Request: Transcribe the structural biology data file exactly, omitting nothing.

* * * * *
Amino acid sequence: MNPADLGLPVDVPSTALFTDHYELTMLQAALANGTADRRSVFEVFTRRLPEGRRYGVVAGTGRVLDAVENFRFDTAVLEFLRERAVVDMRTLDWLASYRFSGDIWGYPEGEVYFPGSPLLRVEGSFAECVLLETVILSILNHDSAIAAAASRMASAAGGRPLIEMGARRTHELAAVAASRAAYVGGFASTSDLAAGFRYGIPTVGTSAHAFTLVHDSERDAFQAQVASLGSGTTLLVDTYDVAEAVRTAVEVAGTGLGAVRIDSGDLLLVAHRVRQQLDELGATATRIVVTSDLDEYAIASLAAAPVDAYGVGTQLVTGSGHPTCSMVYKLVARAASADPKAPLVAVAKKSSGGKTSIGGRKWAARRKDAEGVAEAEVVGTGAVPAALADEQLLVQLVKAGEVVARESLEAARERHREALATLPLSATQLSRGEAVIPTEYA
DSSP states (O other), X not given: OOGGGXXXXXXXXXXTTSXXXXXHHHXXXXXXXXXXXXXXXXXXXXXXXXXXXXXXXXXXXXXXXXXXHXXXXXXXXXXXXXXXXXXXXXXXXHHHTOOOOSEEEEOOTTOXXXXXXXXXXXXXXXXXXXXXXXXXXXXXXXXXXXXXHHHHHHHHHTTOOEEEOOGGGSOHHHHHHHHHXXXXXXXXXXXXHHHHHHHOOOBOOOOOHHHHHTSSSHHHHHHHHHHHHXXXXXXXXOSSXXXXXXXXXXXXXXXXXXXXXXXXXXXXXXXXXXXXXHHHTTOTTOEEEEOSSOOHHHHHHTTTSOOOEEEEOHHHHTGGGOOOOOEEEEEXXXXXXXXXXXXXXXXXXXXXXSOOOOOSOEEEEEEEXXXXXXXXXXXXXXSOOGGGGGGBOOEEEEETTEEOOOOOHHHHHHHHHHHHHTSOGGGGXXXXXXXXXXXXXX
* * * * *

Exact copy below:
Amino acid sequence: MNPADLGLPVDVPSTALFTDHYELTMLQAALANGTADRRSVFEVFTRRLPEGRRYGVVAGTGRVLDAVENFRFDTAVLEFLRERAVVDMRTLDWLASYRFSGDIWGYPEGEVYFPGSPLLRVEGSFAECVLLETVILSILNHDSAIAAAASRMASAAGGRPLIEMGARRTHELAAVAASRAAYVGGFASTSDLAAGFRYGIPTVGTSAHAFTLVHDSERDAFQAQVASLGSGTTLLVDTYDVAEAVRTAVEVAGTGLGAVRIDSGDLLLVAHRVRQQLDELGATATRIVVTSDLDEYAIASLAAAPVDAYGVGTQLVTGSGHPTCSMVYKLVARAASADPKAPLVAVAKKSSGGKTSIGGRKWAARRKDAEGVAEAEVVGTGAVPAALADEQLLVQLVKAGEVVARESLEAARERHREALATLPLSATQLSRGEAVIPTEYA
DSSP states (O other), X not given: OOGGGXXXXXXXXXXTTSXXXXXHHHXXXXXXXXXXXXXXXXXXXXXXXXXXXXXXXXXXXXXXXXXXHXXXXXXXXXXXXXXXXXXXXXXXXHHHTOOOOSEEEEOOTTOXXXXXXXXXXXXXXXXXXXXXXXXXXXXXXXXXXXXXHHHHHHHHHTTOOEEEOOGGGSOHHHHHHHHHXXXXXXXXXXXXHHHHHHHOOOBOOOOOHHHHHTSSSHHHHHHHHHHHHXXXXXXXXOSSXXXXXXXXXXXXXXXXXXXXXXXXXXXXXXXXXXXXXHHHTTOTTOEEEEOSSOOHHHHHHTTTSOOOEEEEOHHHHTGGGOOOOOEEEEEXXXXXXXXXXXXXXXXXXXXXXSOOOOOSOEEEEEEEXXXXXXXXXXXXXXSOOGGGGGGBOOEEEEETTEEOOOOOHHHHHHHHHHHHHTSOGGGGXXXXXXXXXXXXXX